Nintendo’s Animal Crossing has provided millions of game players with an alternative way to socialize while much of the world is on lockdown due to the COVID-19 pandemic. But the Nintendo Switch game, as inoffensive as it appears to be, seems to have angered the Chinese government.

China quietly removed Animal Crossing from all online and physical stores on Friday, according to several Chinese media reports.

Some listings on Taobao where Chinese players were selling in-game items and money have also disappeared. There was no official announcement for the game removal.

Chinese players woke up to the bad news and criticized the government for censoring an innocent game like Animal Crossing.

“Animal Crossing is deshelved because the level of freedom was too high??? I beg the government to ban all citizens from speaking and writing, which level of freedom is even higher than [the game],” a Chinese netizen in Nanjing wrote on Weibo.

Some Cnetizens were outraged not at the removal itself, but at Hongkongers and Taiwanese. A Weibo user Chen Zhong-yong directed his anger at Joshua Wong, a prominent Hong Kong pro-democracy activist who recently tweeted about his gameplay. Like many other Hong Kong protesters, Wong showcased his in-game protest slogans “Reclaim Hong Kong, the revolution of our times” on Twitter.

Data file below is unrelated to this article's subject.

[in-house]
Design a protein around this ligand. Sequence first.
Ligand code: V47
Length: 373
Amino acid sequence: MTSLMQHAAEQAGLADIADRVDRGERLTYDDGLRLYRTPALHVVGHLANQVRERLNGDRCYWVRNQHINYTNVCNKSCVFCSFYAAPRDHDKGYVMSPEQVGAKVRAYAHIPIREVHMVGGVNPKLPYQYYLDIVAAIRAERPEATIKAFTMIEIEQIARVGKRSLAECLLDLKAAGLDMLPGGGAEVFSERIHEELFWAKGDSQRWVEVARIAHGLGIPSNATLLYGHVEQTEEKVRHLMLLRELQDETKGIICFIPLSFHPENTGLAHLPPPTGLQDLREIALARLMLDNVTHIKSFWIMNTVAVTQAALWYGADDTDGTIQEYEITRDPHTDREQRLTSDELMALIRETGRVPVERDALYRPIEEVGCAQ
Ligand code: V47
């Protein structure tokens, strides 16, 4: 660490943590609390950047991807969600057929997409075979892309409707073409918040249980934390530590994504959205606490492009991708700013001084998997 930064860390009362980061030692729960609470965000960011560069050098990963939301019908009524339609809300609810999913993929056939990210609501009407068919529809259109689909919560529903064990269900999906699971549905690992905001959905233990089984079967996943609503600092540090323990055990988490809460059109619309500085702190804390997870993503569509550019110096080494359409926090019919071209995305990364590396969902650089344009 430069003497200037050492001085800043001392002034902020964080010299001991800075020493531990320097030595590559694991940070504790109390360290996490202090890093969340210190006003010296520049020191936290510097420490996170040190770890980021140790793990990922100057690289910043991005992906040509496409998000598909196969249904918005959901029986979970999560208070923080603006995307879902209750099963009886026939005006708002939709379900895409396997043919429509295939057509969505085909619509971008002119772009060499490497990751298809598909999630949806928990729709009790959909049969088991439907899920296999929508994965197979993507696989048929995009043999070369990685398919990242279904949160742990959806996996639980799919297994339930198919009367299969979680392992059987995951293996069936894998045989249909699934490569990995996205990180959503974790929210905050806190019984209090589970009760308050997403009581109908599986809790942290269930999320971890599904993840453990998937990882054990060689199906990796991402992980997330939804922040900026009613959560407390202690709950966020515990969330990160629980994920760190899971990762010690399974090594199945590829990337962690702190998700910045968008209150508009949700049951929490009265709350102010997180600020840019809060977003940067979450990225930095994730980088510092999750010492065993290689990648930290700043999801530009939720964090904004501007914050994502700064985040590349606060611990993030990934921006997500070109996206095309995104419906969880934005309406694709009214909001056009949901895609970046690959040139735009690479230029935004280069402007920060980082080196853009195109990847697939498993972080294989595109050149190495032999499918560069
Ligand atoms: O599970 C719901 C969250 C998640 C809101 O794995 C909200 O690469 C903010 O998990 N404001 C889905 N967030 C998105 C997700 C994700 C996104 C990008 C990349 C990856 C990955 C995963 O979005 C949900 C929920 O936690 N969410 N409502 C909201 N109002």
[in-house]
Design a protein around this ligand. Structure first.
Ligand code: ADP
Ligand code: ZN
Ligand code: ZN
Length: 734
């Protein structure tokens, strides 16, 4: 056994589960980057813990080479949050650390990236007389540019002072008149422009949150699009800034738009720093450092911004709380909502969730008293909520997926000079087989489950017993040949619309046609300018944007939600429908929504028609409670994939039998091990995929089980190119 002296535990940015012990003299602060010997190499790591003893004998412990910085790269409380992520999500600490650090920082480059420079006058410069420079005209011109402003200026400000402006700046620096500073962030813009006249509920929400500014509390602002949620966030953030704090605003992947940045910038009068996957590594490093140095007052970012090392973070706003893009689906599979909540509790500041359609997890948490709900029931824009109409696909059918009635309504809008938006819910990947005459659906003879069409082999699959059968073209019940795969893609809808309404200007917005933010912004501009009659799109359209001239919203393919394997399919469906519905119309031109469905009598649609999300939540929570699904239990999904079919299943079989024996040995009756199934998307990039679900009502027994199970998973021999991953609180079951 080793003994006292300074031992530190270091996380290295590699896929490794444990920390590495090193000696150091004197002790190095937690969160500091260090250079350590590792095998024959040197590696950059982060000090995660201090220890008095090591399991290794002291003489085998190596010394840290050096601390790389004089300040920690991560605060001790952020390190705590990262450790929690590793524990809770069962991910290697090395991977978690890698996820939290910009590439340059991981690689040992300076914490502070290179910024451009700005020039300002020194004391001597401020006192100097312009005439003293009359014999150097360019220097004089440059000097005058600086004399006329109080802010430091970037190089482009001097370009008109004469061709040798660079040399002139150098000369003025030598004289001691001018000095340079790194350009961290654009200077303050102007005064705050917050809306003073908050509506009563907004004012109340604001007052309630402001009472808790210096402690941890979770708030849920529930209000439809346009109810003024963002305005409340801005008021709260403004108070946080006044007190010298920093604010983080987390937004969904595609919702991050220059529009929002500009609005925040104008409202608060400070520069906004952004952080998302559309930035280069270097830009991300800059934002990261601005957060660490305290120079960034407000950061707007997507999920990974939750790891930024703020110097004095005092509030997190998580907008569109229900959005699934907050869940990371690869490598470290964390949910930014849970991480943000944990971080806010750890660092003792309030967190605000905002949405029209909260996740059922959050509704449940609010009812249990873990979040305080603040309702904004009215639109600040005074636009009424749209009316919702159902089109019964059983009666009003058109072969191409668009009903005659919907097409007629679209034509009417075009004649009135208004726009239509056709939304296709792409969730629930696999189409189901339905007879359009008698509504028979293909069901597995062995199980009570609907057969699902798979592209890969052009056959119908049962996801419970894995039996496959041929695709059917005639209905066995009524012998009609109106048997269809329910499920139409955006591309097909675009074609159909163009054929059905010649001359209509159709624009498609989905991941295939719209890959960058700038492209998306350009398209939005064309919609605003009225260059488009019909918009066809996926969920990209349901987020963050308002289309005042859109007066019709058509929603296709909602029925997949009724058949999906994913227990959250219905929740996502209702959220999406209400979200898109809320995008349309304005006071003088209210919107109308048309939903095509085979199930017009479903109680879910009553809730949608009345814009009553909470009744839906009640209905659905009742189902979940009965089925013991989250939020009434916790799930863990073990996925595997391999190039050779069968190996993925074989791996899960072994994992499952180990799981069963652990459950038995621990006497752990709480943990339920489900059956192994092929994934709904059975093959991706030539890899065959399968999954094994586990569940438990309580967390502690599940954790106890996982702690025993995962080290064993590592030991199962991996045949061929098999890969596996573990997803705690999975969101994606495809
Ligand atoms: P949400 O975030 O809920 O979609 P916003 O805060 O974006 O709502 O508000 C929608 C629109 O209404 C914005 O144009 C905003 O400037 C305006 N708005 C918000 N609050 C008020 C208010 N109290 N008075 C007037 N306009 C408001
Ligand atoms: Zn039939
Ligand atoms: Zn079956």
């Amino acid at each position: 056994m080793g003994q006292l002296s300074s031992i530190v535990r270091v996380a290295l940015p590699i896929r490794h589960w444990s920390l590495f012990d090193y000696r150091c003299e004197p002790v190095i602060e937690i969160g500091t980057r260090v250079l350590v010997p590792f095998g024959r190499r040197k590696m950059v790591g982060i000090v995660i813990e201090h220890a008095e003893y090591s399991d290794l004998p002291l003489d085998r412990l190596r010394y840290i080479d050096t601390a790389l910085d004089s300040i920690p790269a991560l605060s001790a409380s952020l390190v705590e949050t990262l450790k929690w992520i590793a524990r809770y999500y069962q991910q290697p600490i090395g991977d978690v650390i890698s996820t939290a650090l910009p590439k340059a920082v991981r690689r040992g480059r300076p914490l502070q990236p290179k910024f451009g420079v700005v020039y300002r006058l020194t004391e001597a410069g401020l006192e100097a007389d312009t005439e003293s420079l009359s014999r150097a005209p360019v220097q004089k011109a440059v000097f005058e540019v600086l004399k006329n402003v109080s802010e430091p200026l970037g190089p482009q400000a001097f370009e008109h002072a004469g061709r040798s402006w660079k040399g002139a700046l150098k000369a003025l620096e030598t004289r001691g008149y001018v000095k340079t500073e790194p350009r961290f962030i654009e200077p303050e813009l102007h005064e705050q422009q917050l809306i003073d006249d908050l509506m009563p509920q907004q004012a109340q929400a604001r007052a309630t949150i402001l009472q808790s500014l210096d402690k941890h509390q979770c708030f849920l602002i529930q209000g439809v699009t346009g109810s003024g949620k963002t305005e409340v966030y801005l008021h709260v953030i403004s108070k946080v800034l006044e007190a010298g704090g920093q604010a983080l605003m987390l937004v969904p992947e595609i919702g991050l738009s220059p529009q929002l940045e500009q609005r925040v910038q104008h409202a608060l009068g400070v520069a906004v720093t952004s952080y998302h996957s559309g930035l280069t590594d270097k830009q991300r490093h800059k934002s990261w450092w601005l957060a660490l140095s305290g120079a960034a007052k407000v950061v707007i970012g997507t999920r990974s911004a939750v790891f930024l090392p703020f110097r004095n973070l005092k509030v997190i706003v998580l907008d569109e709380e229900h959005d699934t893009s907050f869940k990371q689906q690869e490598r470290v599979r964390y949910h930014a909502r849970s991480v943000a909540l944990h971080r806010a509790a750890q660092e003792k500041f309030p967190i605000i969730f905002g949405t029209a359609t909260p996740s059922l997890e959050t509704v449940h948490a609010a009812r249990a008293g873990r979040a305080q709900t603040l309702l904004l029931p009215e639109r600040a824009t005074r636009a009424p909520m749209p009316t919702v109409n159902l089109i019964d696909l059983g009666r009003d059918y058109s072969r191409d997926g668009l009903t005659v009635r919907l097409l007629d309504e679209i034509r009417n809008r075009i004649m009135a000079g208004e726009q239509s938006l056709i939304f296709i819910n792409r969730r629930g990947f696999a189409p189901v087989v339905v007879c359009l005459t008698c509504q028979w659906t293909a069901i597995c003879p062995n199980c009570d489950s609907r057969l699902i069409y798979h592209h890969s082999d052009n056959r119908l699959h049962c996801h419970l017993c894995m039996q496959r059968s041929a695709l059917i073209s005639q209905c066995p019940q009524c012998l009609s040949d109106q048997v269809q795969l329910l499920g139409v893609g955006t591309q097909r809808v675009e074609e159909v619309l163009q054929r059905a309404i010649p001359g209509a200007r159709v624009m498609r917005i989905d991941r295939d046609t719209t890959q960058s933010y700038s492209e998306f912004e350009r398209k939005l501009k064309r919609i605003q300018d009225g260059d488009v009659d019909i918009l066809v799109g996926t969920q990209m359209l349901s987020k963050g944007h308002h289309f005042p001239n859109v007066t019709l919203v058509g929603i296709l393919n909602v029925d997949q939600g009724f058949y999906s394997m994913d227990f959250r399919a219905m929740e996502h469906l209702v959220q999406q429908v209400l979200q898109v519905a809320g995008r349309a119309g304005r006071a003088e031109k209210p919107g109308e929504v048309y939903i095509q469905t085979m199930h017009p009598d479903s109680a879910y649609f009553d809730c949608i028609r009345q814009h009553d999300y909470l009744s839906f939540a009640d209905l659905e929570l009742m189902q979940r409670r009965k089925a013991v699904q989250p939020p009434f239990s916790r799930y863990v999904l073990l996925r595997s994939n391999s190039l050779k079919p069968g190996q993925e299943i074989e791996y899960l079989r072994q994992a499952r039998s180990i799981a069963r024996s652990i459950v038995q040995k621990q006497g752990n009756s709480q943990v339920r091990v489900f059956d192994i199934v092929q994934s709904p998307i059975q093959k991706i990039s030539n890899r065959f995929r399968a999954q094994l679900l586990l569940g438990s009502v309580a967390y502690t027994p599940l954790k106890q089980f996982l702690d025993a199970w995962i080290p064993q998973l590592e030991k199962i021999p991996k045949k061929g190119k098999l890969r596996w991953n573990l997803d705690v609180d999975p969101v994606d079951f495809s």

Other players have used the game’s features to design “funerals” featuring Xi Jinping’s headshots, which likely offended supporters of the leader of the Chinese Communist Party. Various images also show a grim portrayal of Wuhan’s lockdown.

Before Animal Crossing was removed from the shelves, many fans in China were using it as an escape from reality. A few teachers have even conducted virtual lessons with the game’s online feature, while more hardcore players were making a fortune off of the item sales.

The online server for the game remains open for access, according to Chinese gaming blogger Lao Dao 99.

Most Nintendo Switch consoles are sold out around the world due to supply chain disruptions and heightened demands. Since the COVID-19 pandemic has halted factory operations in China and Vietnam. Despite a gradual recovery that has begun in recent weeks, Nintendo’s production capacity has not fully recovered.

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TNL Editor: Nicholas Haggerty (@thenewslensintl)

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